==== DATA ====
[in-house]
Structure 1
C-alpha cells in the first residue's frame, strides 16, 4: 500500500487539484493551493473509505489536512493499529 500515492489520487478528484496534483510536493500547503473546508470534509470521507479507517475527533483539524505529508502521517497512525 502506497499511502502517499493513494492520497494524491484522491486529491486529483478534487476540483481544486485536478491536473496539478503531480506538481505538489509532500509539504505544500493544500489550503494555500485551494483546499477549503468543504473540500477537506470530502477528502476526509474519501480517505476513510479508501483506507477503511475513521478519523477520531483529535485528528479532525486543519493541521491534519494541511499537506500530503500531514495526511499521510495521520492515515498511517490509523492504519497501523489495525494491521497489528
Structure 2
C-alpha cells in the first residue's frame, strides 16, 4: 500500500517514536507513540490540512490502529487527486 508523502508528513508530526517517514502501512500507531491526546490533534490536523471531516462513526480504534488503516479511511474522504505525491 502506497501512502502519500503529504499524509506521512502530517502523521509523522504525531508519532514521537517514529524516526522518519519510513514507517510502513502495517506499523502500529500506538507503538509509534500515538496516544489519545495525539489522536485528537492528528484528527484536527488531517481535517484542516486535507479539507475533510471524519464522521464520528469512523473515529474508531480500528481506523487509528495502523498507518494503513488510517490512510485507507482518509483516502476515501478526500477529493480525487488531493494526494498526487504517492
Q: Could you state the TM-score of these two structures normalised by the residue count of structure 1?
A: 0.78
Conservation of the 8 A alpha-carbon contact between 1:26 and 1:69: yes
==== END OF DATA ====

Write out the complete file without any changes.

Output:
[in-house]
Structure 1
C-alpha cells in the first residue's frame, strides 16, 4: 500500500487539484493551493473509505489536512493499529 500515492489520487478528484496534483510536493500547503473546508470534509470521507479507517475527533483539524505529508502521517497512525 502506497499511502502517499493513494492520497494524491484522491486529491486529483478534487476540483481544486485536478491536473496539478503531480506538481505538489509532500509539504505544500493544500489550503494555500485551494483546499477549503468543504473540500477537506470530502477528502476526509474519501480517505476513510479508501483506507477503511475513521478519523477520531483529535485528528479532525486543519493541521491534519494541511499537506500530503500531514495526511499521510495521520492515515498511517490509523492504519497501523489495525494491521497489528
Structure 2
C-alpha cells in the first residue's frame, strides 16, 4: 500500500517514536507513540490540512490502529487527486 508523502508528513508530526517517514502501512500507531491526546490533534490536523471531516462513526480504534488503516479511511474522504505525491 502506497501512502502519500503529504499524509506521512502530517502523521509523522504525531508519532514521537517514529524516526522518519519510513514507517510502513502495517506499523502500529500506538507503538509509534500515538496516544489519545495525539489522536485528537492528528484528527484536527488531517481535517484542516486535507479539507475533510471524519464522521464520528469512523473515529474508531480500528481506523487509528495502523498507518494503513488510517490512510485507507482518509483516502476515501478526500477529493480525487488531493494526494498526487504517492
Q: Could you state the TM-score of these two structures normalised by the residue count of structure 1?
A: 0.78
Conservation of the 8 A alpha-carbon contact between 1:26 and 1:69: yes